# Does $f_n\to0$ pointwise + $f_n$ integrable + $f_n$ uniformly bounded imply $\int f_n\to 0$?

If $$\{f_n:[0,1]\to\mathbb{R}\}_{n\ge 1}$$ is a sequence of Riemann-integrable functions that converge pointwise to the zero function and $$\{f_n\}_{n\ge 1}$$ is uniformly bounded by $$M$$ can we prove that $$\int_{[0,1]}f_n\to0$$ ?

It seems difficult both to prove or disprove it. For a possible counterexample I came up with the sequence $$f_1(x)=1-|2x-1|$$ $$f_{n+1}=1-2|f_n(x)-1/2|$$ which is the sequence of "spikes" at $$x=j/2^n$$ for $$j=1,...,2^{n-1}$$ so that $$\int_{[0,1]}f_n=1/2$$ for every $$n\in\mathbb{N}$$ but $$f_n(x)$$ it doesn't seem to converge to $$0$$ at some values like $$x=1/3$$. While we can get some $$j/2^n$$ arbitrarily close to every value, the closer we get, the crazier the spikes get.

For a possible proof, the set $$A_{n,\varepsilon}:=\{\,x:|f_n(x)|\ge\varepsilon\,\}$$ should in some sense be small so that we can separate the integral (or at least every lower/upper sum) of $$f_n$$ into the $$A_{n,\varepsilon}$$ with "large but bounded" $$f_n$$ but small interval width and the $$[0,1]\setminus A_{n,\varepsilon}$$ part with small $$f_n$$ and whatever interval. So let $$P_m:=\{I_1,...,I_m\}$$ be the partition of $$[0,1]$$ with $$I_j=[\frac{j-1}{m},\frac{j}{m}]$$. Now $$J_1,...,J_r$$ the $$I_j$$'s that contain points of $$A_{n,\varepsilon}$$ and $$K_1,...,K_s$$ the remaining $$I_j$$'s. $$U(f_n,P_m)=\sum_{i=1}^rM_{J_i}\frac{1}{m}+\sum_{i=1}^sM_{K_i}\frac{1}{m}\le\frac{rK}{m}+\varepsilon$$ We at least know the limit $$r/m$$ exists as $$m\to\infty$$ and depends on $$n$$ because $$f_n$$ is integrable. Do you know of any proof or counterexample?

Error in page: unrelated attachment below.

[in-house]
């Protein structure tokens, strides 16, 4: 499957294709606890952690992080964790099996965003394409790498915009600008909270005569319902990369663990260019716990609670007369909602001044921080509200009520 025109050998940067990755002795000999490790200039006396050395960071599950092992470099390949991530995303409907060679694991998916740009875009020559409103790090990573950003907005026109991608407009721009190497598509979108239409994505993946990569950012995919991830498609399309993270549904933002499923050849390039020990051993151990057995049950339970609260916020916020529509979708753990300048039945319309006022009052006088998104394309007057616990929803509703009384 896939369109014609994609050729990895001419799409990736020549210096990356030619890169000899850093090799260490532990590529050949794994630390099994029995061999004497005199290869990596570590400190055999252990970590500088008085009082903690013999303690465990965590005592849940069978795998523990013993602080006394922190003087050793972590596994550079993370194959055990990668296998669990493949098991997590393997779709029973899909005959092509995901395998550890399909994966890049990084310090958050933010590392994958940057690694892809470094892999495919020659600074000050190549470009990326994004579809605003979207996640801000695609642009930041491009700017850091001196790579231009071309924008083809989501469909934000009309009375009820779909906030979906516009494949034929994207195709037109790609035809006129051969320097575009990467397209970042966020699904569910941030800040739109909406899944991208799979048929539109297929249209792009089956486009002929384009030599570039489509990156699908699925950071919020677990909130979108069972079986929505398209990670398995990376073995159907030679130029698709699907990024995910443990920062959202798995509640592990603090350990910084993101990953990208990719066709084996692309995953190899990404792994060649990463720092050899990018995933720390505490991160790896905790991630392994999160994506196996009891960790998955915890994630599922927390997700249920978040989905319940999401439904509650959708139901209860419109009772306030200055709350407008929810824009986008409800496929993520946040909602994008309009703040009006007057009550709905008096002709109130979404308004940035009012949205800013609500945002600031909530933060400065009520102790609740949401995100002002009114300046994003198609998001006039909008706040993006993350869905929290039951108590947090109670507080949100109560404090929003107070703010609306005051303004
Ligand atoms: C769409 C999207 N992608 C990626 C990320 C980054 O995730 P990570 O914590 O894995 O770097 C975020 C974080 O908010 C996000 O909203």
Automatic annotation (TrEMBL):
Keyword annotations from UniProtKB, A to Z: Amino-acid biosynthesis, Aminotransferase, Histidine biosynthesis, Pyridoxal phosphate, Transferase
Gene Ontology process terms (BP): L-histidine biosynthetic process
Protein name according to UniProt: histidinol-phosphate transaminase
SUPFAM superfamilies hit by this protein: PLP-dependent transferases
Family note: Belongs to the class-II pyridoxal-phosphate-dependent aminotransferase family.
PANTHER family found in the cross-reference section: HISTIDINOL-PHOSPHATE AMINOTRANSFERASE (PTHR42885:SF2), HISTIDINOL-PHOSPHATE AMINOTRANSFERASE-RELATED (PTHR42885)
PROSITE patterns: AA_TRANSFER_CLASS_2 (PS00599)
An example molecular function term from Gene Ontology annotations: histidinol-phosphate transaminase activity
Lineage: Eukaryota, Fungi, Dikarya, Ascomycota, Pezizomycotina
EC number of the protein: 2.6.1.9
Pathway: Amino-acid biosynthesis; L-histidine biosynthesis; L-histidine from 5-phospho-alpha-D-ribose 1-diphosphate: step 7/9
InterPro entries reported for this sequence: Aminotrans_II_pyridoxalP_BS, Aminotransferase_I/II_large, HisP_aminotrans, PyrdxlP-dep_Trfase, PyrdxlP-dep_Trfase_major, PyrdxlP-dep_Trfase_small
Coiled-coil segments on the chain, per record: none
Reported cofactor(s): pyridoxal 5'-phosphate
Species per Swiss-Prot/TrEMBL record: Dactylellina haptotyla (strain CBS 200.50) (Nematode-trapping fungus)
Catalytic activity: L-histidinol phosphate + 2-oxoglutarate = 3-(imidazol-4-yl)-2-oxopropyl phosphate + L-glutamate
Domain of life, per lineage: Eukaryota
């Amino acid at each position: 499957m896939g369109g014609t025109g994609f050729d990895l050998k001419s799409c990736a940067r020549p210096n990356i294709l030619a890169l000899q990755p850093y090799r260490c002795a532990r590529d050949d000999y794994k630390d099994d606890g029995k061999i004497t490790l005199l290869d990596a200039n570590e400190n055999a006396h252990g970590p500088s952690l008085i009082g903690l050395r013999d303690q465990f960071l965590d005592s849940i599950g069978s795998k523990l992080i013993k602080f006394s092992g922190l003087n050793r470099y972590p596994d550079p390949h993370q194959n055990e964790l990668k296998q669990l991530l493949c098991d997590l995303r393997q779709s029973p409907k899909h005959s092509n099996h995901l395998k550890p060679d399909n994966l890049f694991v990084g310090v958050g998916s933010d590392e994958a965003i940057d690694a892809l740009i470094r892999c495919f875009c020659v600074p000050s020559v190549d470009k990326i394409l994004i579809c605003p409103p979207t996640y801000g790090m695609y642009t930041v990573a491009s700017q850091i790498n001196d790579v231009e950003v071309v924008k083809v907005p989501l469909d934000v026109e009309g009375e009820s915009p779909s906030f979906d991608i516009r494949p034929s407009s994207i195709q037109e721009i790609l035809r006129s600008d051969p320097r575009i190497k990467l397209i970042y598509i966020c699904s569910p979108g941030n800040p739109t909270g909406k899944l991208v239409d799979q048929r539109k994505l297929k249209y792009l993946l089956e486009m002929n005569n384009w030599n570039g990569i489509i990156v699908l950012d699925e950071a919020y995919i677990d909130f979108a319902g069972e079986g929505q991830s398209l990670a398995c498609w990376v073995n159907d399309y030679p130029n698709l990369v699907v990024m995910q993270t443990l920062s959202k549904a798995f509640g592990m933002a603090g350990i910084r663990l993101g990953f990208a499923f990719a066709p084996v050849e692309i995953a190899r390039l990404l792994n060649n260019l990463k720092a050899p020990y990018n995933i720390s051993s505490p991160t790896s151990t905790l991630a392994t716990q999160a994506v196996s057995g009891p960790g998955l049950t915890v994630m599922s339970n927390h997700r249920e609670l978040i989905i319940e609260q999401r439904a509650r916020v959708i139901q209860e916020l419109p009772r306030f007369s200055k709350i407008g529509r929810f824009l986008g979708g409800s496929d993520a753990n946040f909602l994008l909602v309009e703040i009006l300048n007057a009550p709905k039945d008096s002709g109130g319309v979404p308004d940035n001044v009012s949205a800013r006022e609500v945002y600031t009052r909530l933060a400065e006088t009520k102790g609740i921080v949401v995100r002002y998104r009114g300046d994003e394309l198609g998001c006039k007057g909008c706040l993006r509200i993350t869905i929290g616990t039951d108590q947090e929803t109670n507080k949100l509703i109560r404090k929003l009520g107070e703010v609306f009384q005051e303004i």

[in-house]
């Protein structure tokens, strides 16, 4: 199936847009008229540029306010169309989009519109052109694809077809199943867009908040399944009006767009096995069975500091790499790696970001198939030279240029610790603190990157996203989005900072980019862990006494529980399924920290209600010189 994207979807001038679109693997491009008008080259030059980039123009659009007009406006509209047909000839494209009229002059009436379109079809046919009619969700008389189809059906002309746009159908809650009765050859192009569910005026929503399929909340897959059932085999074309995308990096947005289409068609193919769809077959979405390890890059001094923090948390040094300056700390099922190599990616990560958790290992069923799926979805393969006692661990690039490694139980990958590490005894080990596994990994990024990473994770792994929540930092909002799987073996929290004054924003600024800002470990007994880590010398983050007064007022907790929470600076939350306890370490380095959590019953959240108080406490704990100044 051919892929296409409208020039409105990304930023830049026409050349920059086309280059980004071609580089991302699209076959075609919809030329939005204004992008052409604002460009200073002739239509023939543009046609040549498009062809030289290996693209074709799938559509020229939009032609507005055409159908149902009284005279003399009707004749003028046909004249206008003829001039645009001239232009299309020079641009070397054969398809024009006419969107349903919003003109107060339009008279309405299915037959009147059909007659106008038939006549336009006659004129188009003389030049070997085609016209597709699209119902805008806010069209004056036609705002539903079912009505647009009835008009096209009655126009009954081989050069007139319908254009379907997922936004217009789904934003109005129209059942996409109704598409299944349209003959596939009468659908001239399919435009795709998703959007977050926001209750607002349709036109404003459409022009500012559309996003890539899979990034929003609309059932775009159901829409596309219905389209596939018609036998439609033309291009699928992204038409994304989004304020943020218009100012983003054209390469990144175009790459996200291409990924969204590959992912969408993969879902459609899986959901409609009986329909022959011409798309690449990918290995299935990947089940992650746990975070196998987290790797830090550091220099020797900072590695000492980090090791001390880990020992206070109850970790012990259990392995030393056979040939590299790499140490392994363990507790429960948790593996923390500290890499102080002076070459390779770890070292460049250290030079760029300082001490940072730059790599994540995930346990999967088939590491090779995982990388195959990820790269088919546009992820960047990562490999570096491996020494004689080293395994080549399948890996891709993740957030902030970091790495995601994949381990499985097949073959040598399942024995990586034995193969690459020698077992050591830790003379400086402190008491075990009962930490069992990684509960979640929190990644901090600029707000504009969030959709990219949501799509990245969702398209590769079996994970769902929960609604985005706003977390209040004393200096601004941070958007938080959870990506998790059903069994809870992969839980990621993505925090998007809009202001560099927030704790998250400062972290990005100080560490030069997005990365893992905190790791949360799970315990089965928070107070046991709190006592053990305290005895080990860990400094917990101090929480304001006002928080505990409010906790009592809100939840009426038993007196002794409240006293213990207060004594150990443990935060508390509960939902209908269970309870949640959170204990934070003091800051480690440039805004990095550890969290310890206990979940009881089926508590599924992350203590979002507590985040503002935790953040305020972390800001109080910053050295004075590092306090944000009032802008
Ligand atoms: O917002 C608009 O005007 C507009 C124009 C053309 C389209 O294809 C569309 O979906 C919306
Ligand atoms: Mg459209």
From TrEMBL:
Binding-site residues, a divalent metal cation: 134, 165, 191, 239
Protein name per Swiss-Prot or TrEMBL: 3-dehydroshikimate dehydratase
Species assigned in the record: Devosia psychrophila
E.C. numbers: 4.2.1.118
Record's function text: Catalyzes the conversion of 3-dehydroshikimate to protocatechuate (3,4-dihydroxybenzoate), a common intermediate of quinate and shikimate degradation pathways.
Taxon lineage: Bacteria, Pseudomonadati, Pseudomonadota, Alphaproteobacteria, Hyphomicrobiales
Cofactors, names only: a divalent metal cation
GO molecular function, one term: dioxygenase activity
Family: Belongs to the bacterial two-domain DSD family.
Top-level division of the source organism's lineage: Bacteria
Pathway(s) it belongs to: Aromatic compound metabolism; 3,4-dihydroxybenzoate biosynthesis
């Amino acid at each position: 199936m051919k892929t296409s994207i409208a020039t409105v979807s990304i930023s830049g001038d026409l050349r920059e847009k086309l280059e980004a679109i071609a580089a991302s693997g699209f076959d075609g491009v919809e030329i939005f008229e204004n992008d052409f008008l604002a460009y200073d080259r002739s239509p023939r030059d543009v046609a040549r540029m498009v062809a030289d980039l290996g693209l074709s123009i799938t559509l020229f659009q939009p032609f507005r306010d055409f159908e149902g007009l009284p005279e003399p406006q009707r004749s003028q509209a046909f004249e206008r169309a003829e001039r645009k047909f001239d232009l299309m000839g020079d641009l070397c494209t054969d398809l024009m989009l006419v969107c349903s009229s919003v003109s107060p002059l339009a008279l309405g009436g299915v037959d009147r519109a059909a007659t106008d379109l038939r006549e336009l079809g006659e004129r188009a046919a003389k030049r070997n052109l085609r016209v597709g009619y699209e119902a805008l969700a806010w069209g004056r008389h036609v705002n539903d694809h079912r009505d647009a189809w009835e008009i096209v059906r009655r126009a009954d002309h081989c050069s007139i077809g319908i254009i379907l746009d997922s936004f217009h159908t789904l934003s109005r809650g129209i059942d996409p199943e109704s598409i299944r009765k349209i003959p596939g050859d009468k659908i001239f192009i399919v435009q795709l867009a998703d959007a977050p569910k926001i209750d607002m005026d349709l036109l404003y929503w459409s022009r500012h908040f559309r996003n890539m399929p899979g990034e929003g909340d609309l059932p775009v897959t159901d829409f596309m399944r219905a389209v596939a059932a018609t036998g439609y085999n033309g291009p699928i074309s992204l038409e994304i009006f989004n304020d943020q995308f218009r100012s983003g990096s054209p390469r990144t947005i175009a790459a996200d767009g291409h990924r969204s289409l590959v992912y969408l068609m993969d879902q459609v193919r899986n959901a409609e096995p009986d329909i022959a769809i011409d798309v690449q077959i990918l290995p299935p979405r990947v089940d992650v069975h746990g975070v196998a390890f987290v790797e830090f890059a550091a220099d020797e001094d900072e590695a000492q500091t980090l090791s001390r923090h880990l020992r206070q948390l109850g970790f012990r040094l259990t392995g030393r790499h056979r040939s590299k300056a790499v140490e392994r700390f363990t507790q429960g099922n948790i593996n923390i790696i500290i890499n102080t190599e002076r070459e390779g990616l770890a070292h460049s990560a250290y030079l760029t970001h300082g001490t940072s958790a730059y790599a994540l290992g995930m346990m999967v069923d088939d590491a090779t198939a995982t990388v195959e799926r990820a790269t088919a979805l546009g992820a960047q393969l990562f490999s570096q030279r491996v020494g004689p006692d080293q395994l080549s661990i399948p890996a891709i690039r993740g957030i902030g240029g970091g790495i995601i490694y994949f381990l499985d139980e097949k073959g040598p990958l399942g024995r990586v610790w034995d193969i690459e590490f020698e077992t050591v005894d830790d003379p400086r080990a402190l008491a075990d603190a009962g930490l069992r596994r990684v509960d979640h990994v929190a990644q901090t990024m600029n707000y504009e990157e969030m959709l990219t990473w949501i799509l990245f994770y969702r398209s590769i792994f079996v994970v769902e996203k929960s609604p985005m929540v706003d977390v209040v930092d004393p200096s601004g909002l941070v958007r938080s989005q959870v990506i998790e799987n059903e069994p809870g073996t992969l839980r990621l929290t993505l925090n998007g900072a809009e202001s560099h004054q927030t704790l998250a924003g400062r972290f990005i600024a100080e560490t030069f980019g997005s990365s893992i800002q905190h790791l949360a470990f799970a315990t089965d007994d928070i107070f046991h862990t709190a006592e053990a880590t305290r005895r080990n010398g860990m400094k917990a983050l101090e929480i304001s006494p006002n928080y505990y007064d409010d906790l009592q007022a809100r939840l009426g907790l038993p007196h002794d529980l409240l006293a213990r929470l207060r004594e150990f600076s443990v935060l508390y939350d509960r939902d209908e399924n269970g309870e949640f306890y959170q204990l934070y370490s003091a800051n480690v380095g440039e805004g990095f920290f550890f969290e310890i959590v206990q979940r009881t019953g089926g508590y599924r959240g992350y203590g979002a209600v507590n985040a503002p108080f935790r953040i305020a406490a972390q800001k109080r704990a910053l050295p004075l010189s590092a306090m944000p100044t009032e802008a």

Thanks!

It is true, by Lebesgue's dominated convergence theorem. Just take $$M>0$$ such that$$(\forall n\in\mathbb N)\bigl(\forall x\in[0,1]\bigr):\bigl\lvert f_n(x)\bigr\rvert\leqslant M.$$Then, if you define $$g(x)=M$$ for each $$x\in[0,1]$$, $$g$$ is integrable and$$(\forall n\in\mathbb N)\bigl(\forall x\in[0,1]\bigr):\bigl\lvert f_n(x)\bigr\rvert\leqslant g(x).$$